That was 2017. Eighteen months into his presidential term, Emmanuel Macron, faced with an uprising by a leaderless army of working poor in yellow vests and by violence unseen since the student riots of May 1968, is struggling to take back control of his country. The charismatic young president was jeered by protesters who tried to chase his car this week when he visited a public building set afire by rioters in Le Puy-en-Velay, in south-central France. “Macron, démission” — “Macron, resign” — has become the rallying cry of these modern-day sans-culottes, whose anger is directed at him, personally.

Charles M. Blow: Republican Efforts to End Democracy

Do not believe that we are still living in a functioning democracy. We are not. Republicans across this country are doing everything they can to impede, alter and override the power of the personal vote. This strikes at the very heart of democracy, both undermining people’s faith in it and contorting it until it no long resembles what it claims to be.

On Wednesday, The New York Times reported that Republicans succeeded in their wish:

“After hours of mysterious closed-door meetings that went past midnight, the Wisconsin Senate convened at 4:30 on Wednesday morning and passed by one vote a package of bills devised to curb the powers of the incoming Democratic leaders.”

And Wisconsin is not alone. As the The Washington Post reported Monday:

“In Michigan, where Democrats last month won the governor’s mansion as well as the races for attorney general and secretary of state, Republican lawmakers last week introduced measures that would water down the authority of those positions on campaign finance oversight and other legal matters.”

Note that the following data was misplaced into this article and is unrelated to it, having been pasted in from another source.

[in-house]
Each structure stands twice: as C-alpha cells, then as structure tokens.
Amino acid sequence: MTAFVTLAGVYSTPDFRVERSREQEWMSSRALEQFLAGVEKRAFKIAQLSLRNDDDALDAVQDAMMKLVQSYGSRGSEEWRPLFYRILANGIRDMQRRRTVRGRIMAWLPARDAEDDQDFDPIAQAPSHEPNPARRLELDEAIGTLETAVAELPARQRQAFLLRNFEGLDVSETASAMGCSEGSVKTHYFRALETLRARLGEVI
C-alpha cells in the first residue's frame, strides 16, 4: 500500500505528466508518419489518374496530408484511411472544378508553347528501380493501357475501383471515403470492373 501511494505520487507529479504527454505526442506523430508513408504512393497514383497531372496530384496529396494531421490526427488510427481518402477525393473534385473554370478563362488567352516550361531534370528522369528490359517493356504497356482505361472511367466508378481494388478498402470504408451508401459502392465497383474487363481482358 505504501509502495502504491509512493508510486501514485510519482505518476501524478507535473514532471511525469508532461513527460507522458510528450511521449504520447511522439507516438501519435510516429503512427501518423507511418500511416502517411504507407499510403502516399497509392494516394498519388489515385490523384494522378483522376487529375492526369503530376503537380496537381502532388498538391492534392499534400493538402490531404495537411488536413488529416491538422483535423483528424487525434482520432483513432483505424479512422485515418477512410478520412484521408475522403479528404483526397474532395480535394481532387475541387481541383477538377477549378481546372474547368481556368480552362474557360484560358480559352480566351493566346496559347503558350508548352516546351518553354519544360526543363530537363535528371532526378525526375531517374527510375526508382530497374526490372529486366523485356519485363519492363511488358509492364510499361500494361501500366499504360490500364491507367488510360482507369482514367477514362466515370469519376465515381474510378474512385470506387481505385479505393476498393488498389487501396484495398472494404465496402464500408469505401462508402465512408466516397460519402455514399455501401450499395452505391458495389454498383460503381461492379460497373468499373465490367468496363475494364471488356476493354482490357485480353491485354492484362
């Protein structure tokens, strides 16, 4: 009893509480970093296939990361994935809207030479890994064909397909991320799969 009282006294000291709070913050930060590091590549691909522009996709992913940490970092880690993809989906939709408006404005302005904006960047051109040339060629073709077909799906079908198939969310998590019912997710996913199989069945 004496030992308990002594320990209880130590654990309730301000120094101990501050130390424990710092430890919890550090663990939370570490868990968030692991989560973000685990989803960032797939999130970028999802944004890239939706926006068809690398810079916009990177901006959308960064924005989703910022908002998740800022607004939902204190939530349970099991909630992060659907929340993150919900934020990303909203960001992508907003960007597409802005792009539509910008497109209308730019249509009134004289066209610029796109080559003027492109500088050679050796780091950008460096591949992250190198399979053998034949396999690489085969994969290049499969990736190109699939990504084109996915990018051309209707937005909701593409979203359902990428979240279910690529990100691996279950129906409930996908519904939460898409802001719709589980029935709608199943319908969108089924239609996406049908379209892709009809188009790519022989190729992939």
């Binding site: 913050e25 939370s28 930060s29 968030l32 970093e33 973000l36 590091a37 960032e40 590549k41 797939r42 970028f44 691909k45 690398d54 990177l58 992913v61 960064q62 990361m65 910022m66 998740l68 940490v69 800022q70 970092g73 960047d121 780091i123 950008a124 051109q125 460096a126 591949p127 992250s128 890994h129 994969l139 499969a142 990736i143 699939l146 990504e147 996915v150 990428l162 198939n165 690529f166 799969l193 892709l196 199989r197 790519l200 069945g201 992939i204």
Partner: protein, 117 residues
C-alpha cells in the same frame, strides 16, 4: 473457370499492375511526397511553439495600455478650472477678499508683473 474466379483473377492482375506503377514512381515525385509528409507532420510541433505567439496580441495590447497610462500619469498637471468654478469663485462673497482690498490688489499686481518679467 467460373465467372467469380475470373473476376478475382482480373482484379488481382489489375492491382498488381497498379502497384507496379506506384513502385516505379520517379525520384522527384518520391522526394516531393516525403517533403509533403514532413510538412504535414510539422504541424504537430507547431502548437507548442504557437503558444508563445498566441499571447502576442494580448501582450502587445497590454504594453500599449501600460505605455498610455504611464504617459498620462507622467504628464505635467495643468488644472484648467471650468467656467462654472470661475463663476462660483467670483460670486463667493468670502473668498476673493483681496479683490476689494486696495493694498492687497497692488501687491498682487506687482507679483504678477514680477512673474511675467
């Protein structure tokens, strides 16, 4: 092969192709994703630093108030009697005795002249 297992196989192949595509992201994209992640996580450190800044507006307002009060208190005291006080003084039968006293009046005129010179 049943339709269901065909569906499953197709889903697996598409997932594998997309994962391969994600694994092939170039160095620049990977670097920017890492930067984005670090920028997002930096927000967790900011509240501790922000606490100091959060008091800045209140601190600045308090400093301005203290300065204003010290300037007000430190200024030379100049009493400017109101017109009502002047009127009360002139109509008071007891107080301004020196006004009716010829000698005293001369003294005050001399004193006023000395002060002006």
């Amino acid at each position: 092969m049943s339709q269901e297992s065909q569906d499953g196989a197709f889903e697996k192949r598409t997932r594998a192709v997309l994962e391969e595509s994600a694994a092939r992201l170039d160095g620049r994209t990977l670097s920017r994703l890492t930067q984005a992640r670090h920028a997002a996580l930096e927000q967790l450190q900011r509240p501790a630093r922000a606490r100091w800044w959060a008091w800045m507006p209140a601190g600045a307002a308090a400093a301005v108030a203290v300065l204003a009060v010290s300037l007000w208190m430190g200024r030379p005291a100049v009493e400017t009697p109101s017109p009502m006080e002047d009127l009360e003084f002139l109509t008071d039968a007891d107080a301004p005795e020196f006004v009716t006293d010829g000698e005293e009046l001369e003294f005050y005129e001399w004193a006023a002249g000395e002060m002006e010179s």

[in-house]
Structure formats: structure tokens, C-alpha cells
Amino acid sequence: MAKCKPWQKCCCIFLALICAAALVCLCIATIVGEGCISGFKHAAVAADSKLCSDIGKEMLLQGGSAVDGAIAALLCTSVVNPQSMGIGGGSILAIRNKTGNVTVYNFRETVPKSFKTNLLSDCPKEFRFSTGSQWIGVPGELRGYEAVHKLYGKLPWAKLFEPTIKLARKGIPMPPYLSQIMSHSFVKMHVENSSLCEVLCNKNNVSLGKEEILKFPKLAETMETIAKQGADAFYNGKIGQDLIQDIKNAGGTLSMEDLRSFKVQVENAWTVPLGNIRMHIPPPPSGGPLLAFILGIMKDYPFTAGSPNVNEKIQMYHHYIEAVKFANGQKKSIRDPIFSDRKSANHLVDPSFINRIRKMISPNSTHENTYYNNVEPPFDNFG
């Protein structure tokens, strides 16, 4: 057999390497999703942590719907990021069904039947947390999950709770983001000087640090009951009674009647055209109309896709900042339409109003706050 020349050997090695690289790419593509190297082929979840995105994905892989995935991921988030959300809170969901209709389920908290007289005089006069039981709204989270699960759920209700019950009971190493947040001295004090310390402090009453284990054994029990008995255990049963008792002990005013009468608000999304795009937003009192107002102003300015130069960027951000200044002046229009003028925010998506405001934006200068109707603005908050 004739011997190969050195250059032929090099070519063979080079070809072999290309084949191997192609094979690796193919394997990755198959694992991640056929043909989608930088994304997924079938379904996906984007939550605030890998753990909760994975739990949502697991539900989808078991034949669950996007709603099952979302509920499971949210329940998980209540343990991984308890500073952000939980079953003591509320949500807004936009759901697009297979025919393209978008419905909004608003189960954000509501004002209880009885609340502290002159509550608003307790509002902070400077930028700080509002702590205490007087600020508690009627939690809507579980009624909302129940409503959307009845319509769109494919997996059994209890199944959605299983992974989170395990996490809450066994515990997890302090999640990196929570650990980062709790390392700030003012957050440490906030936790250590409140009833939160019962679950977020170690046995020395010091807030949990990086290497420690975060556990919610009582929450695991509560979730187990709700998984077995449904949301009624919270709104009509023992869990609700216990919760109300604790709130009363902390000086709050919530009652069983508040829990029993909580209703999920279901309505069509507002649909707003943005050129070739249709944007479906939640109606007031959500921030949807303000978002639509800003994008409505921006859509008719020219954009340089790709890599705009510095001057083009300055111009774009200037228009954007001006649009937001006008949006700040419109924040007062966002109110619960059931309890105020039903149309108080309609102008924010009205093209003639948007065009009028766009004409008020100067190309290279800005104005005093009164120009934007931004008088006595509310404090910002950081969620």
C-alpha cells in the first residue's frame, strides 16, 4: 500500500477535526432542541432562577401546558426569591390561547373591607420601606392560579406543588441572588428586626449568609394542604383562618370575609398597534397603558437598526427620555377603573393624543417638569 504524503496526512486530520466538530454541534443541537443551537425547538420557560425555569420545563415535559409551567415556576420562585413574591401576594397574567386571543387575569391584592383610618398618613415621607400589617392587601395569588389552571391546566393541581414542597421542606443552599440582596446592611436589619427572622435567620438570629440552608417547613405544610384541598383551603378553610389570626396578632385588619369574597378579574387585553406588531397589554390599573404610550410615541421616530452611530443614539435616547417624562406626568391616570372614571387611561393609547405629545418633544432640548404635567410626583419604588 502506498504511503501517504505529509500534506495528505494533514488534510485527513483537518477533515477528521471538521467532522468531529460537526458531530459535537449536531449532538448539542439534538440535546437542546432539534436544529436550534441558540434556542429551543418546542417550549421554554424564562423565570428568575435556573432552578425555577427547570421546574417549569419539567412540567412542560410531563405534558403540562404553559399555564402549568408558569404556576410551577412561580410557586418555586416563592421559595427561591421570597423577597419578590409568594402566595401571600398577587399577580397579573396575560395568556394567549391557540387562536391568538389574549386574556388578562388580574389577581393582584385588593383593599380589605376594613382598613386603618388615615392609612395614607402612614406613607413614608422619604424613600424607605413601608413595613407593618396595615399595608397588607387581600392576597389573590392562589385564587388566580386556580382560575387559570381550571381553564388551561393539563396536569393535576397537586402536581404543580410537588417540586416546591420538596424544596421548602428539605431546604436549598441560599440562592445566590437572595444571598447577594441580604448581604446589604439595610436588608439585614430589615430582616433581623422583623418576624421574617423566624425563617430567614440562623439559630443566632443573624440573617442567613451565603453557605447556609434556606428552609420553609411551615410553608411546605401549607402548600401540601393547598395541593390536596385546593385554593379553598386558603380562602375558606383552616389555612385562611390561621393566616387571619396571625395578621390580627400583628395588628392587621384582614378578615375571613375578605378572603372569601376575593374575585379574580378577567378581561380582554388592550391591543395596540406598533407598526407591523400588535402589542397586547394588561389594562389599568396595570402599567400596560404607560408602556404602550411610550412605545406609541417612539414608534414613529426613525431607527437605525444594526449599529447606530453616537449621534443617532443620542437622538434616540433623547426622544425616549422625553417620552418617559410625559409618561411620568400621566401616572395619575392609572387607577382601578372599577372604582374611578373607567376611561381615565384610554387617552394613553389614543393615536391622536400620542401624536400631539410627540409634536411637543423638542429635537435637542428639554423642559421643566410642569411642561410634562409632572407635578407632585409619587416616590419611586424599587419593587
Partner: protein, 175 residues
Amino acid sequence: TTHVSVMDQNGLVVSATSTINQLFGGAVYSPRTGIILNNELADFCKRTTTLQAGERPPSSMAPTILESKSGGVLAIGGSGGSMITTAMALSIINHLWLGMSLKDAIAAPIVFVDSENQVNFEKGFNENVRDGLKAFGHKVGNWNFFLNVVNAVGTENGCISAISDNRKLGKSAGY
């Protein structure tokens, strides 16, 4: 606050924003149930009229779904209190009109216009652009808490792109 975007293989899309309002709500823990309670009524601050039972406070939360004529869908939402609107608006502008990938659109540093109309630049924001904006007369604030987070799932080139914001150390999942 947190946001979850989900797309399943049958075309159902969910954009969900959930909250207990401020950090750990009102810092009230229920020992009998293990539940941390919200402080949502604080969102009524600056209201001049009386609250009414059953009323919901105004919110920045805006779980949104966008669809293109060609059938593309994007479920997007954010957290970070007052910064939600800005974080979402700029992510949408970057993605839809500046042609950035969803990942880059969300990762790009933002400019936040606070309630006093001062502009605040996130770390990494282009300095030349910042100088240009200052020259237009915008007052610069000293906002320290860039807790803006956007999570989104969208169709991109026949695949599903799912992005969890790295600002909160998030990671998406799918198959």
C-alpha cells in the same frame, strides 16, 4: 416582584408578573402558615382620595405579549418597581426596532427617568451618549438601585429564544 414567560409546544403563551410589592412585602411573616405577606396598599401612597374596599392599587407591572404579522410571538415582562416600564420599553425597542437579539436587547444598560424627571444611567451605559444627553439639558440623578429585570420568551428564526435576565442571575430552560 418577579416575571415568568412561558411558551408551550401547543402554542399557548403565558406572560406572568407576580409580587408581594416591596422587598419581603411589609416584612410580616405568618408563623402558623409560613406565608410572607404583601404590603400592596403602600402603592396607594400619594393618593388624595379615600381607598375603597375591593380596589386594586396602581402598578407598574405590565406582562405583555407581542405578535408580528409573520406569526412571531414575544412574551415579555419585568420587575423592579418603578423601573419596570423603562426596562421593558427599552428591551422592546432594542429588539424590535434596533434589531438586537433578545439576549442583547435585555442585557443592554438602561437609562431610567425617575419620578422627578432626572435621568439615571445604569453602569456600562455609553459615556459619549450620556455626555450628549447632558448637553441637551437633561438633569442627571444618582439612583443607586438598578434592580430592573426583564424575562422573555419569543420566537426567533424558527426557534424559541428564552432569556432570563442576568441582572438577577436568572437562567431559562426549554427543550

Altering the structure of power in a state to limit the influence of an incoming executive of an opposing party wasn’t something I thought I’d ever see in America, but unfortunately this isn’t even the first time we’ve seen it. This is not the first time Republicans have done it.

Catherine Rampell: Millennials aren’t breaking traditions. They’re just broke.

Millennials are a murderous bunch, a generation of homicidal maniacs.

At least that’s the impression you get from reading news stories about my generation.

According to the headlines, we’ve wreaked carnage across the economy with our fickle, selfish tastes. So far we have “killed” or are “killing” dinner dates, hotels, credit cards, grocery stores, cinemas, Home Depot, diamonds, banks, gyms, department stores, vacations, cruises and casinos, the car industry, homeownership and even Buffalo Wild Wings.

The explanations for our butchery are manifold, and sometimes contradictory. [..]

Well, a research paper published last month by economists at the Federal Reserve comes to a different conclusion: Millennials aren’t choosing to break economic traditions. Instead, we’re just broke.

The report, “Are Millennials Different?,” looks at financial and cultural milestones for the cohort born between 1981 and 1997, and how it compares with earlier generations at a similar life stage. Contrary to stereotypes that kids these days have sharply different tastes and aspirations than did kids of yore, the report concludes that “millennials do not appear to have preferences for consumption that differ significantly from those of earlier generations.”

We simply lack the earnings or assets to make those same consumption preferences happen.